Microbial Monitoring and the Risk of Infectious Disease Aboard the International Space StationThe International Space Station (ISS) is a semi-closed habitat in low Earth orbit with environmental conditions provided by an advanced life support system that controls temperature and recycles air and most of the potable water. The crew's activities, such as eating, sleeping, hygiene, and laboratory research, are performed in relatively close proximity. Research in the laboratory includes a myriad of experiments, including those with rodents, plants, and pathogenic microorganisms. Despite these conditions, in-flight monitoring of ISS indicates that the microbial diversity is similar to homes on earth. Accordingly, the crew is generally very healthy, however infectious disease does occur and potential routes of infection by obligate and opportunistic pathogens cannot be completely prevented. Determining the extent of this risk is further complicated, as microorganisms can alter their characteristics in response to spaceflight culture, as exemplified by the increase in virulence of the enteric pathogen Salmonella enterica Typhimurium during spaceflight compared to otherwise identical cultures grown on Earth. Taken together, these factors suggest a need for continued microbiological monitoring and research to understand and mitigate the risk of infectious disease during long duration missions.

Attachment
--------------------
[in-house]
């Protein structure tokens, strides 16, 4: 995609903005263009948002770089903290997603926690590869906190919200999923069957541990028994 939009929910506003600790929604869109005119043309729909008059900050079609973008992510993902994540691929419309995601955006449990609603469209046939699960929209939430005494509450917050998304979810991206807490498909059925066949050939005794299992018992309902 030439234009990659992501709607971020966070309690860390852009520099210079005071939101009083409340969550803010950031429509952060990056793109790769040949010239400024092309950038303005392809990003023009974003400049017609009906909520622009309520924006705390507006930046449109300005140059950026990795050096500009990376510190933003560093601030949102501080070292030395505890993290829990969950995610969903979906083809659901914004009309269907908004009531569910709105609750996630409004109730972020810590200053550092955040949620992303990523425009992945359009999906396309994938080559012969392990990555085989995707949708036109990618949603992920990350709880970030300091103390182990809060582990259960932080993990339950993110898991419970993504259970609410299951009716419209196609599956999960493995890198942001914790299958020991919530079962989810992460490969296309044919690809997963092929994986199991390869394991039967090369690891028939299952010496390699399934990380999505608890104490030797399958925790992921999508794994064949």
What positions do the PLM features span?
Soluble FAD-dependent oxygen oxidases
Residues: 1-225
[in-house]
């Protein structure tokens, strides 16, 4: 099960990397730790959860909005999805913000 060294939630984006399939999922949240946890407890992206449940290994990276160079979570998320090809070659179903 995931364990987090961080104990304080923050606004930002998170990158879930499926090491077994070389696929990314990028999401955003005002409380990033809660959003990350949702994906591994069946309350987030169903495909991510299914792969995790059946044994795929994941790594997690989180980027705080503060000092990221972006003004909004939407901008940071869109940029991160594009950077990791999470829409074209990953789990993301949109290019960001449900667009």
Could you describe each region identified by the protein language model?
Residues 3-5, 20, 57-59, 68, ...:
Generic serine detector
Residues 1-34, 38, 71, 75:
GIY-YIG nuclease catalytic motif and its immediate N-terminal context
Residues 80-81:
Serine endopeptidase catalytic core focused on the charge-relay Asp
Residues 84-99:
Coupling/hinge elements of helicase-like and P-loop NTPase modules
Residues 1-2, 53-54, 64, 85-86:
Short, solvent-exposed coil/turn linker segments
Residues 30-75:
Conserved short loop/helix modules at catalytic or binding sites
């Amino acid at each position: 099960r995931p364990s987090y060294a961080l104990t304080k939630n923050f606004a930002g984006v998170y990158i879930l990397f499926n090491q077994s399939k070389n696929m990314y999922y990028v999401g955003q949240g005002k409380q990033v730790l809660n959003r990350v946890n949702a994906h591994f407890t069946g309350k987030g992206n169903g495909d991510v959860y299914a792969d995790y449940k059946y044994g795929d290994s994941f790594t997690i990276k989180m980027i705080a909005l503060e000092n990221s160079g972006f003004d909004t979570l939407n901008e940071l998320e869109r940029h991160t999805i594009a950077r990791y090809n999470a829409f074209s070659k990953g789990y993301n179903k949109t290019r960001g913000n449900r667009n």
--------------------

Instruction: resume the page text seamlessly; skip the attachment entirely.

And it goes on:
Ott, C. Mark (NASA Johnson Space Center Houston, TX, United States)
October 9, 2018
July 15, 2018
Life Sciences (General)
Meeting: Gordon Research Conference on the Microbiology of the Built Environment